Another common cause of overheating is a partial blockage inside the vacuum. Any blockage or clog inside the machine will reduce the amount of airflow through the vacuum, so there is less air passing over the motor.

This issue can be more difficult to solve than a blocked filter, as it’s not always obvious where the blockage is likely to be. Here’s a simple process for checking the most common locations:

  1. Switch off and unplug the vacuum. You should never perform any maintenance when a vacuum cleaner is plugged in, as this can risk electrocution.
  2. Tilt the vacuum back and inspect the floorhead. Are there any tangles around the brush roll? Or blockages at the inlet leading into the vacuum cleaner? You may need to remove the baseplate to get a good look.
  3. Remove the dust canister and empty it, then check whether there is a blockage at the entrance or exit tubes.
  4. Remove the hose and check both ends for a blockage.

You can reduce the chances of a blocked vacuum by regularly cleaning your vacuum, avoiding overfilling the dust canister, and making sure you don’t suck up large objects.

3. Running the Vacuum for Too Long

In some cases, a Vax may overheat simply because it’s been used for an extended period of time.

This usually shouldn’t happen if the vacuum is functioning correctly, but may be the cause if you’ve been vacuuming for a long time without letting it cool down.

Switch off the vacuum and allow it to cool for 24 hours, then try using it again. If the vacuum runs fine, then it may have just needed time to cool down. If the vacuum runs for a short time and then cuts out again, however, then there is another issue that needs to be fixed.

What If None of These Potential Issues Are Causing the Problem?

If your Vax vacuum is still cutting out after you’ve cleaned the filters, checked for blockages, and allowed the vacuum to cool down, then we recommend contacting Vax’s support team. There may be an issue with the vacuum that requires professional repair.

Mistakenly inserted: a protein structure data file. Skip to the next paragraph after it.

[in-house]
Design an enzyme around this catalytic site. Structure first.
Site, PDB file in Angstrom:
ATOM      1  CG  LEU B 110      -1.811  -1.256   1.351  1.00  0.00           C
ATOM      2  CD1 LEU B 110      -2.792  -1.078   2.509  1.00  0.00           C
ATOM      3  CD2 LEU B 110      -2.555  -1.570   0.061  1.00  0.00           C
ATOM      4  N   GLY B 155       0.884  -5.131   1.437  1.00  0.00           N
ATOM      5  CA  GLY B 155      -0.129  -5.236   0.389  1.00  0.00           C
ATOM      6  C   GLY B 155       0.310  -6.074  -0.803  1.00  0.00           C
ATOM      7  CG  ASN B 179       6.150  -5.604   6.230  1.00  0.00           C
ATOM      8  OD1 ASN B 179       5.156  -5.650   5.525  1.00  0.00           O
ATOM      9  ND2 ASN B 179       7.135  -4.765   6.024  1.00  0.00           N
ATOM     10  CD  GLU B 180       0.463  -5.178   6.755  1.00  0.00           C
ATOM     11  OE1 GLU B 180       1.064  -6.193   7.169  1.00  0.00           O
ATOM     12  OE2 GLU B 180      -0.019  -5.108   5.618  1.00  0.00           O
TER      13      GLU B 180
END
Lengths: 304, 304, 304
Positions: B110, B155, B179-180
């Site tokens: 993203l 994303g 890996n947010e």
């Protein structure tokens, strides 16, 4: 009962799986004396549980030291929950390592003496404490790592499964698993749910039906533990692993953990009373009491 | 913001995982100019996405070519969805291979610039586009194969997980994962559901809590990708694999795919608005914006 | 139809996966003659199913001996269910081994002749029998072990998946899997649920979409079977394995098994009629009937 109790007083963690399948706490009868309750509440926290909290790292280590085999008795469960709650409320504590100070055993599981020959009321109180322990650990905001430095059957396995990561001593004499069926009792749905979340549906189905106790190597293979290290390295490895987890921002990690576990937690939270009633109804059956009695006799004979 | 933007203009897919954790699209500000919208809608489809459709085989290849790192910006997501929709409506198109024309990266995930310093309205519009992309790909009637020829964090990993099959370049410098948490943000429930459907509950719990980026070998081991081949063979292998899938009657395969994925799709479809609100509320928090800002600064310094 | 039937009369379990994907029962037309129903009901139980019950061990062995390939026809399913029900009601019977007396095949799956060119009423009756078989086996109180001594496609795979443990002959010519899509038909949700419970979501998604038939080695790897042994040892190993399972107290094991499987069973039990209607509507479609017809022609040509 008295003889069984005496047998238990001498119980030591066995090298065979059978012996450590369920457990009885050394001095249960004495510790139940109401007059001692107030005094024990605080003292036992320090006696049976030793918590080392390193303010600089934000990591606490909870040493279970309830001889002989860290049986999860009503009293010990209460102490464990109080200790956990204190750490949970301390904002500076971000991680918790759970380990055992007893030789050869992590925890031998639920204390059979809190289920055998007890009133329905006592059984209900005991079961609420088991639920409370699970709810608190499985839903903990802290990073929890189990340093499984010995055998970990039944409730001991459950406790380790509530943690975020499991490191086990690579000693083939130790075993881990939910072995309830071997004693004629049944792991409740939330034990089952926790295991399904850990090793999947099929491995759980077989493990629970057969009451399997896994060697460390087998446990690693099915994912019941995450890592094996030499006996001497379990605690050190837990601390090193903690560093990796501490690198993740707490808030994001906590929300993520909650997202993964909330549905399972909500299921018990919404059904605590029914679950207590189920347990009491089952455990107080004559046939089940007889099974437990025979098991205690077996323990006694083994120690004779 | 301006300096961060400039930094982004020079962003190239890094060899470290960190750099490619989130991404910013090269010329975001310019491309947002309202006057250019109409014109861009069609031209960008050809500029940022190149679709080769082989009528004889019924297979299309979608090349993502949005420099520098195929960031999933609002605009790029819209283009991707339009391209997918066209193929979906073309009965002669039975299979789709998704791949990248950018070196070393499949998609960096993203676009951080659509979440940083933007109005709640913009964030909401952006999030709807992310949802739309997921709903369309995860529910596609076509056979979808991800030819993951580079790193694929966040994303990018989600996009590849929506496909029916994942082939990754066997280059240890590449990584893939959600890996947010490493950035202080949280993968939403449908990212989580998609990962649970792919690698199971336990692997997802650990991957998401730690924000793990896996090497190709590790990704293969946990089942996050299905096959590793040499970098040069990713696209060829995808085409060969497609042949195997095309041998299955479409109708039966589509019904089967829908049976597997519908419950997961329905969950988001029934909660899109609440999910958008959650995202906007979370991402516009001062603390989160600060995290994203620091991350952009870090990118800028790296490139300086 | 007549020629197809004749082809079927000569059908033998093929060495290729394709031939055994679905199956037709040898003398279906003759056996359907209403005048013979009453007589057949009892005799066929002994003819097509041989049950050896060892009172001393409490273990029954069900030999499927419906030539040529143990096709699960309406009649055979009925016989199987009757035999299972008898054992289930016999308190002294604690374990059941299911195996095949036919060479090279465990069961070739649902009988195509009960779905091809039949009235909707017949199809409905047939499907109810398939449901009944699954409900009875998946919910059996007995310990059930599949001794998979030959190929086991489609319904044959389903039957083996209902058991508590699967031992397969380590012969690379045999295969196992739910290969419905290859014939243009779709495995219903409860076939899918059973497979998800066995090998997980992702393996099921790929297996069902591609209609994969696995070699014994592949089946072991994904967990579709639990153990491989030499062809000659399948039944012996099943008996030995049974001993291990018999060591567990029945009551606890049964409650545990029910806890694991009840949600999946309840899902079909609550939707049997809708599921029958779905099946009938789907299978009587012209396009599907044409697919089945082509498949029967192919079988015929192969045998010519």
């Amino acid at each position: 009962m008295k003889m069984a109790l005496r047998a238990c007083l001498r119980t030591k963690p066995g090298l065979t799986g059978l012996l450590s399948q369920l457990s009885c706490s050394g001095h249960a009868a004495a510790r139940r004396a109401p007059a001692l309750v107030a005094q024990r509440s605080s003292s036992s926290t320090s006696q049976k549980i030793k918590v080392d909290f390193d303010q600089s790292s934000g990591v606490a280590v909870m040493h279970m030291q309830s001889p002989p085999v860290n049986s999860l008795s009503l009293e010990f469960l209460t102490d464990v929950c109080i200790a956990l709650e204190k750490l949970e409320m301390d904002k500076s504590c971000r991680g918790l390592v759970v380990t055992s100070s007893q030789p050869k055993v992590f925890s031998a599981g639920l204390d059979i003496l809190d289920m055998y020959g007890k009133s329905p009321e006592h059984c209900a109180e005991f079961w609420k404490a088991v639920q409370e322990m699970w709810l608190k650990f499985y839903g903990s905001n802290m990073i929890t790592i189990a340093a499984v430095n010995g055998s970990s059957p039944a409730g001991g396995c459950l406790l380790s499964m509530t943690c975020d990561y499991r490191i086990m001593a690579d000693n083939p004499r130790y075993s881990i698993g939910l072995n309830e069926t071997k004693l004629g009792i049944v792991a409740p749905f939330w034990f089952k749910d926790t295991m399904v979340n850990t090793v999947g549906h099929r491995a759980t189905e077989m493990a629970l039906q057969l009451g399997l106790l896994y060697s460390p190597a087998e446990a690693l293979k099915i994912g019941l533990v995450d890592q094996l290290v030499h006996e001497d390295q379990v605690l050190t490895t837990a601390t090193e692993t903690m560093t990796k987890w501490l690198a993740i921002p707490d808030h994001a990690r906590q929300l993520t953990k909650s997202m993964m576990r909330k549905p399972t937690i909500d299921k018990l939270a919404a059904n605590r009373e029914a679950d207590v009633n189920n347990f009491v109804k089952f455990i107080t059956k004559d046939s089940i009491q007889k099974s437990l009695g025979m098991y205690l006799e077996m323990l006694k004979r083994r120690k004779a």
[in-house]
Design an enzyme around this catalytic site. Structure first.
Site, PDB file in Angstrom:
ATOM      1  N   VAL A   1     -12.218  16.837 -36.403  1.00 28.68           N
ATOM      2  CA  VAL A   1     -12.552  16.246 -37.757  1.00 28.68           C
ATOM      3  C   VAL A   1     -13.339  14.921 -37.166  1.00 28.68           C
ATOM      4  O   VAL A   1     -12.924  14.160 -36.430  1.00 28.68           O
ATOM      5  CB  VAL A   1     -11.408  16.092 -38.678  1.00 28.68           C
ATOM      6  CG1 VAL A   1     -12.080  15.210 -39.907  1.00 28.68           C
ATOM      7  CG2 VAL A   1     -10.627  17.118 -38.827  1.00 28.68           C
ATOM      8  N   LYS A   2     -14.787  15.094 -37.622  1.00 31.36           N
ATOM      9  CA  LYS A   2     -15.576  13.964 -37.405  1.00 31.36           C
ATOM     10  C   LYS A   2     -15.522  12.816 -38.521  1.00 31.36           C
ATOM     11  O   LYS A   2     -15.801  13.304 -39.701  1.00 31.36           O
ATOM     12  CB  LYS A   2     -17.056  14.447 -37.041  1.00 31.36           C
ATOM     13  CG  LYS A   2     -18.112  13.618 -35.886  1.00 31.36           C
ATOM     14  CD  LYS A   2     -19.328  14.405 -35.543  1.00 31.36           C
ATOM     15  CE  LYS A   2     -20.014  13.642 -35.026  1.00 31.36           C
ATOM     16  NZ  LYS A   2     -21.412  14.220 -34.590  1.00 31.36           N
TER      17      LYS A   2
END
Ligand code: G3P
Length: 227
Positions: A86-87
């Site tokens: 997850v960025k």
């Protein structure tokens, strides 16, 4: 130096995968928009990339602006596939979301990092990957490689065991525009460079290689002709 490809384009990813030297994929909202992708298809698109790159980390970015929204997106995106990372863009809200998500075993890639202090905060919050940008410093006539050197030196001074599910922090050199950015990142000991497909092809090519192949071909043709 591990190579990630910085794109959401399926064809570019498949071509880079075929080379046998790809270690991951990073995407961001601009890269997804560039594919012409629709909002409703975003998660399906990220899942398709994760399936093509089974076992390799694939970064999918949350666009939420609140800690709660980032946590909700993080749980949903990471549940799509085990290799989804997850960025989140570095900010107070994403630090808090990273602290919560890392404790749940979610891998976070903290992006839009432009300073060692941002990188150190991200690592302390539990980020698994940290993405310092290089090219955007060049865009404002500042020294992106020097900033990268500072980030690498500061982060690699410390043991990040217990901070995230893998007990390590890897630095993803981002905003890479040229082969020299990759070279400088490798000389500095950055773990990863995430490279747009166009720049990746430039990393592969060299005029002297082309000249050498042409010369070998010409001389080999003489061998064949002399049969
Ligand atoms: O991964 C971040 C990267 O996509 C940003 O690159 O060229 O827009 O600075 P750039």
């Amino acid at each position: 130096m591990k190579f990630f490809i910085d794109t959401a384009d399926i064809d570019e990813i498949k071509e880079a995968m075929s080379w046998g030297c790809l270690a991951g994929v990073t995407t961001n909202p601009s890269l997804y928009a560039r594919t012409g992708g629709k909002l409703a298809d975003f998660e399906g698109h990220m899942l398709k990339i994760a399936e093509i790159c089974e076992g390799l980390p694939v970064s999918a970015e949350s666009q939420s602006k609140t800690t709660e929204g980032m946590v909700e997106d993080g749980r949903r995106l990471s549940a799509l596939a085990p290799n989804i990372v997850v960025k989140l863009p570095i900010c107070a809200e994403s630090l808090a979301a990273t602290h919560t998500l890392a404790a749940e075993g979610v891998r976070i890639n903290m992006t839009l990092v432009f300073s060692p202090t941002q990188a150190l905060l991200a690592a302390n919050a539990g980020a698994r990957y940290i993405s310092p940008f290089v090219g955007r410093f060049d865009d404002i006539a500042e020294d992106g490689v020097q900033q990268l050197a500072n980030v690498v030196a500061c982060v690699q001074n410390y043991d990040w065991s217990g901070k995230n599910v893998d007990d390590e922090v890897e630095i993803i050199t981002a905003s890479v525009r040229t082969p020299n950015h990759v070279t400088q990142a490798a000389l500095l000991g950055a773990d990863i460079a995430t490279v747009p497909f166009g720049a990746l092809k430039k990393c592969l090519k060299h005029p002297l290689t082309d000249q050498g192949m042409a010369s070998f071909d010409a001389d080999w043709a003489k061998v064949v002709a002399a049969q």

Some examples include:

  • A damaged power cable that has a loose connection.
  • A faulty power switch.
  • A motor fault.

It’s important that any electrical issues are fixed by a licensed professional. If your Vax is out of warranty, you could also try contacting a vacuum cleaner repair company. You may need to weigh up whether it’s worth paying for a pricey repair, however, as Vax vacuum cleaners usually aren’t too expensive to buy.

Summary

A Vax vacuum cleaner that’s cutting out during use isn’t necessarily broken. In many cases, cutting out is caused by the vacuum overheating, which activates the thermal cut-out system.

To solve this issue, you’ll need to find the cause of overheating. Some of the most common issues include a blocked filter, blockage inside the vacuum, overfilled dust canister, or using the vacuum for too long.

Do you have any questions about Vax vacuum overheating issues? Or would you like to give us feedback on this article? Please use the comments form below and we’ll get back to you as soon as possible.